Now I’m pretty sure the gulls we commonly have on our beach here in Connecticut are ring-billed gulls. One day last August (2012), Tim & I were having a light supper sitting at a picnic table on the grass at our beach. We were chatting away and I was watching a gull behind him, who was loitering on the grass, hoping for a handout. (We never give them anything, however, because our food is not good for them.) Slowly it dawned on me that this was the biggest gull I had ever laid eyes on! And yet he had the speckled coloring of an immature one.

Thankfully I had my camera, but when Tim turned around to see what I was so excited about the gull took off. He came back, however, and began strutting along the sidewalk as if he owned the place.

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8.19.12 ~ Eastern Point Beach

Eventually he walked up onto the rocks and posed for me.

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8.19.12 ~ Eastern Point Beach
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8.19.12 ~ Eastern Point Beach

In the pictures above and below I was trying to capture this huge baby standing as close to an adult “regular” gull as I could, to illustrate the difference in size. There were two of these large gulls present that day, but this was the one that came closer to us.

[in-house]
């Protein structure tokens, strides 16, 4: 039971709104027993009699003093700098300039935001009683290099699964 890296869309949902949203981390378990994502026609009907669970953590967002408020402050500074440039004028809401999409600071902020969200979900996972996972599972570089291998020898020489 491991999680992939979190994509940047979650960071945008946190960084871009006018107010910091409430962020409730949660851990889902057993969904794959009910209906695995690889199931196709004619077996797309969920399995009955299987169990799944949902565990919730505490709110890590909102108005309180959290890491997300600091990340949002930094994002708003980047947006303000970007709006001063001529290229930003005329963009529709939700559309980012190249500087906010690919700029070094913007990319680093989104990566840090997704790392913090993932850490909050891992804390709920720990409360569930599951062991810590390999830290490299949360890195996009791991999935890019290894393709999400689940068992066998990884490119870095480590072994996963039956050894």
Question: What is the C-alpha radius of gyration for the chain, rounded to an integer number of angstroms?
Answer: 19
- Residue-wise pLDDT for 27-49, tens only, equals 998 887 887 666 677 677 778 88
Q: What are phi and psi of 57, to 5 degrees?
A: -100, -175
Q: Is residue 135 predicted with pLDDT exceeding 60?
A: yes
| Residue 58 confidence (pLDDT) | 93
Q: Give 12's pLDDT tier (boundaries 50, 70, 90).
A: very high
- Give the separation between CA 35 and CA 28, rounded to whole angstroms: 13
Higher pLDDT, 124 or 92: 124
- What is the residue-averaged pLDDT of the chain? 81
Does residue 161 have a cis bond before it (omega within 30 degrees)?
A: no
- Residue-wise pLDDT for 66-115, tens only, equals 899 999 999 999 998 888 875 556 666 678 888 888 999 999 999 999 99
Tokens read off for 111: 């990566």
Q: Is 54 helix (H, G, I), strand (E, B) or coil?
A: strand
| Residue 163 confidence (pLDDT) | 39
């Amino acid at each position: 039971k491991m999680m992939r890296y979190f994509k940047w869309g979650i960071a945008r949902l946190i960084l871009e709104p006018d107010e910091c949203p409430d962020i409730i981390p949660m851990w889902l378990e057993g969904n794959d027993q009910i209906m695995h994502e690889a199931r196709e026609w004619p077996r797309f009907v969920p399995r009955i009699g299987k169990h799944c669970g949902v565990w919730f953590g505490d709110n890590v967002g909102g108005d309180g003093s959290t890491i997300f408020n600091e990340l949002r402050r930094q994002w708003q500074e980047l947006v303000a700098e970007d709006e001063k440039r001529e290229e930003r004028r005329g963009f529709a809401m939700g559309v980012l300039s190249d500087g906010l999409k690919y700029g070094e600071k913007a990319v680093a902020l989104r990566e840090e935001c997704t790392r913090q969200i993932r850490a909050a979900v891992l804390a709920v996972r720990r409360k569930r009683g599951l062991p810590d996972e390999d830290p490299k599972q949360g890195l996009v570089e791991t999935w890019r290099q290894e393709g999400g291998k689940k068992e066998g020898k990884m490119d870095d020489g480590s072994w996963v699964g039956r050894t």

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8.19.12 ~ Eastern Point Beach

Ten days after this gull encounter at the beach we had to take Tim to the hospital in the middle of the night. At dawn I came home to shower and then return to the hospital. As I started driving down Bank Street in New London there was a seagull in the middle of the street, feasting on some roadkill. He didn’t move out of the way of my car until it was almost too late. When he did take off he didn’t fly away, though. He kept flying just a few feet in front of my car, flying very low, all the way down Bank Street to Parade Plaza.